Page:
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For help with a story, contact Charles Siler at (602) 633-8960, or csiler@goldwaterinstitute.org.

  • The Good, The Bad, and The Ugly: A Review of Arizona’s Fiscal Transparency Efforts

    Posted on July 15, 2014 | Type: In the News | Author: Byron Schlomach

    Arizona government entered modern financial transparency in 2008 when the legislature approved the launch of the Arizona Open Books website. When the website came online in 2011, the state essentially opened its checkbook by posting individual transactions to the web. This report assesses the usefulness of Arizona’s Open Books website and reveals questionable financial transactions. The Arizona Open Books website proved useful in exposing some suspicious transactions, but transparency in Arizona still needs improvement. We were able to use the website to find wasteful spending on nearly $2.5 million worth of “Awards” and another $1 million on “Entertainment and Promotional” items in 2013. But the site did not provide sufficient detail to assess the legitimacy of suspicious transactions lumped into catch-all codes like “Other Professional Outside Services,” which totaled $289 million in 2013 alone. The bottom line is that while most of the state’s individual expenditures are posted for public scrutiny, it is still possible for waste, fraud, and abuse to hide in plain sight due to vague or cryptic descriptions of individual expenditures. Curious taxpayers are treated to accounting codes and code descriptions that often bear little resemblance to the purpose for which funds are expended. In addition, payroll abuses can be hidden because payroll is kept secret under current law even though public employee salaries are subject to open records. If Arizona’s state government is to be truly transparent, each transaction posted on Arizona Open Books needs an accompanying memo line to give citizens accurate descriptions of the specific purpose of each transaction. Sourcing of expenditures should be provided as well. Finally, specific details about the public payroll should be a centerpiece of Arizona Open Books.


    Posted on June 30, 2014 | Type: In the News

    Christina Sandefur, Goldwater Institute Senior Attorney, praised the high court's decision in Sebelius v. Hobby Lobby Monday, but warned that the decision does not get at the heart of defeating Obamacare. The Goldwater Institute's own legal challenge against the federal health care law, Coons v. Lew, could eviscerate the Obamacare law completely by invalidating the Independent Payment Advisory Board, the cost-rationing board that is the lynchpin of the federal law. That case is currently pending before the Ninth Circuit but is expected to be taken up by the Supreme Court in coming months. Sandefur stated:


    Posted on June 27, 2014 | Type: In the News

    More than a quarter century of an abusive union practice known as "pension spiking" has ended, thanks to the resolution of a Phoenix lawsuit Friday. Officials for the City of Phoenix agreed to cease the practice in new contracts imposed on public safety unions as the result of a lawsuit filed by the Goldwater Institute last year.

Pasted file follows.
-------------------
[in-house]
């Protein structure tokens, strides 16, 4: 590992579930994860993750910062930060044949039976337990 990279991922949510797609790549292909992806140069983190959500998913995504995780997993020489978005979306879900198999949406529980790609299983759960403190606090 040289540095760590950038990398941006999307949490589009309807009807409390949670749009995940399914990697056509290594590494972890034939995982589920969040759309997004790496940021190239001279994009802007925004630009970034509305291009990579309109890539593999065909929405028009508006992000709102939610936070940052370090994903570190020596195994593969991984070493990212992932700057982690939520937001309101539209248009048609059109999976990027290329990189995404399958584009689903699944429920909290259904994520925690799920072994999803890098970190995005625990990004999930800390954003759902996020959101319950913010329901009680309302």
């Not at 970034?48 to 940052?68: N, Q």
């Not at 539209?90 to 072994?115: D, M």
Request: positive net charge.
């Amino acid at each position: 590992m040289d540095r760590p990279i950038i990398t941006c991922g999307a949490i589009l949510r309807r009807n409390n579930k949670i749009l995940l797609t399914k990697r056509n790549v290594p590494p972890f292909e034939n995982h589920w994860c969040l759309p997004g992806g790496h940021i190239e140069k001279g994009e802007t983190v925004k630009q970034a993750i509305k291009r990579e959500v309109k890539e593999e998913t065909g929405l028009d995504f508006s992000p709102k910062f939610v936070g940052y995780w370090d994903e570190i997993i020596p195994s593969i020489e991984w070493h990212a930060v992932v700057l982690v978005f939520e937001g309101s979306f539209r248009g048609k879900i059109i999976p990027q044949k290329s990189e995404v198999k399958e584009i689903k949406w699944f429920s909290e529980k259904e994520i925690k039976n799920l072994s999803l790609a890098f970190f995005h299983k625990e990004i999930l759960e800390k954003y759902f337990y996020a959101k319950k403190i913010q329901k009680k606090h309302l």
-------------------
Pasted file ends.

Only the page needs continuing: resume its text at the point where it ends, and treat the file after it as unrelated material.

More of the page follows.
• FOR IMMEDIATE RELEASE: SCOTUS decision in NLRB v CANNING only first step to curb executive overreach

    Posted on June 26, 2014 | Type: In the News

    Today’s unanimous decision by the nine justices is an important first step in curbing abuses by the country’s executive now and in the future, whether Republicans or Democrats are in power. The NLRB appointments at issue in this case were made by the President during congressional recesses to deliberately avoid the vetting process for political appointees that is central for our nation’s checks and balances to succeed. Fortunately, thanks to this decision, we can rein in that abusive process. But we must be steadfast in our fight against practices of this kind, and today’s victory is only one piece in the solution to curbing federal overreach. The NLRB, in particular, led by unvetted political appointees, has shown itself as an agency willing to make an end-run around the legislative process to seek major changes to the American landscape, most notably through efforts to implement card check nationwide through obscure agency rulemaking without the attention of the American public. That’s why we must continue to counterbalance federal overreach through reforms like Save Our Secret Ballot to protect American workers and the American economy no matter who is holding these agency seats and no matter how they come to hold office.”

  • The Right To Try

    Posted on May 18, 2014 | Type: In the News

    States should enact “Right to Try” measures to protect the fundamental right of people to try to save their own lives. Designed by the Goldwater Institute, this initiative would allow terminal patients access to investigational drugs that have completed basic safety testing, thereby dramatically reducing paperwork, wait times and bureaucracy, and, most importantly, potentially saving lives.

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